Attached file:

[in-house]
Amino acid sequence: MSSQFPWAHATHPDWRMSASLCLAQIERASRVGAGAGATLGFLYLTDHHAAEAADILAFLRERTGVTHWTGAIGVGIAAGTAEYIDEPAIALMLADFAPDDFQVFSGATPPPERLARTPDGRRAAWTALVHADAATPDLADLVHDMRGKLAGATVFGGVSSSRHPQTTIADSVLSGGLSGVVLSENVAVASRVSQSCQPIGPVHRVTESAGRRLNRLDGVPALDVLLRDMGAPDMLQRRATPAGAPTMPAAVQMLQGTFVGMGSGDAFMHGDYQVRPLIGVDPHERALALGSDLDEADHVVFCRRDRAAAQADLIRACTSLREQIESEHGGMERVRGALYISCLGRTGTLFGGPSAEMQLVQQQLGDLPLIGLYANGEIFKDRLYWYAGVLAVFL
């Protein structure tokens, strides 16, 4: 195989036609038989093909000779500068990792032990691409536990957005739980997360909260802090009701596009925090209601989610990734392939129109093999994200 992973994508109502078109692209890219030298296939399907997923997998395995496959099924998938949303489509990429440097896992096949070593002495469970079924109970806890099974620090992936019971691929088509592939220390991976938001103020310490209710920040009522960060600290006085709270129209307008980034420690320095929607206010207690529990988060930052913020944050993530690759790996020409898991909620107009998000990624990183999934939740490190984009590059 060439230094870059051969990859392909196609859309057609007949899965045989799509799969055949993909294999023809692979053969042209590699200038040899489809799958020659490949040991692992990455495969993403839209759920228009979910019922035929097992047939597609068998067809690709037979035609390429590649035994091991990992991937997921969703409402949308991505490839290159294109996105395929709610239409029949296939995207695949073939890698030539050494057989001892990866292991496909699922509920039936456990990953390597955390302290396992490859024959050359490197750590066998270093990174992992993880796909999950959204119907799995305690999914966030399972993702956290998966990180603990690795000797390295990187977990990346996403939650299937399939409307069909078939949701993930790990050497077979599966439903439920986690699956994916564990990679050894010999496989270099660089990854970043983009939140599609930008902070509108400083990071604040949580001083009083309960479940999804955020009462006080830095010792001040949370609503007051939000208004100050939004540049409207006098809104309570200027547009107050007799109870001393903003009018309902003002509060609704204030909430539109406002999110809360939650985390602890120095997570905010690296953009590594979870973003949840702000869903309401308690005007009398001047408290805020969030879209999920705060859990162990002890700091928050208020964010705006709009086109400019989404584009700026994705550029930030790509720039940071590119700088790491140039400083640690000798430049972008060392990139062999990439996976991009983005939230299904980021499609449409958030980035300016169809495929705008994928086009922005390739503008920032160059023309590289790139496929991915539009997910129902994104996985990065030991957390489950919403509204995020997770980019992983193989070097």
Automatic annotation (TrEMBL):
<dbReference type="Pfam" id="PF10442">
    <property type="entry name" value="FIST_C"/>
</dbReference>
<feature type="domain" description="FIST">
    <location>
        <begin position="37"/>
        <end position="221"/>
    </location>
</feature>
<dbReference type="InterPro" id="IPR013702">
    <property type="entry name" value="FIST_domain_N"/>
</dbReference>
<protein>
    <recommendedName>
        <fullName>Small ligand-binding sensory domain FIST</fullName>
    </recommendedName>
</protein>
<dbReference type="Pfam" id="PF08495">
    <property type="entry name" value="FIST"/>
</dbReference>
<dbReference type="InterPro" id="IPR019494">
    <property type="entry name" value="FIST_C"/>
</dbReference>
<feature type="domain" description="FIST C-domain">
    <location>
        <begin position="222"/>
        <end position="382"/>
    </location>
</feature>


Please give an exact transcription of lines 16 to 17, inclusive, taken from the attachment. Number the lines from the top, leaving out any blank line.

</dbReference>
<protein>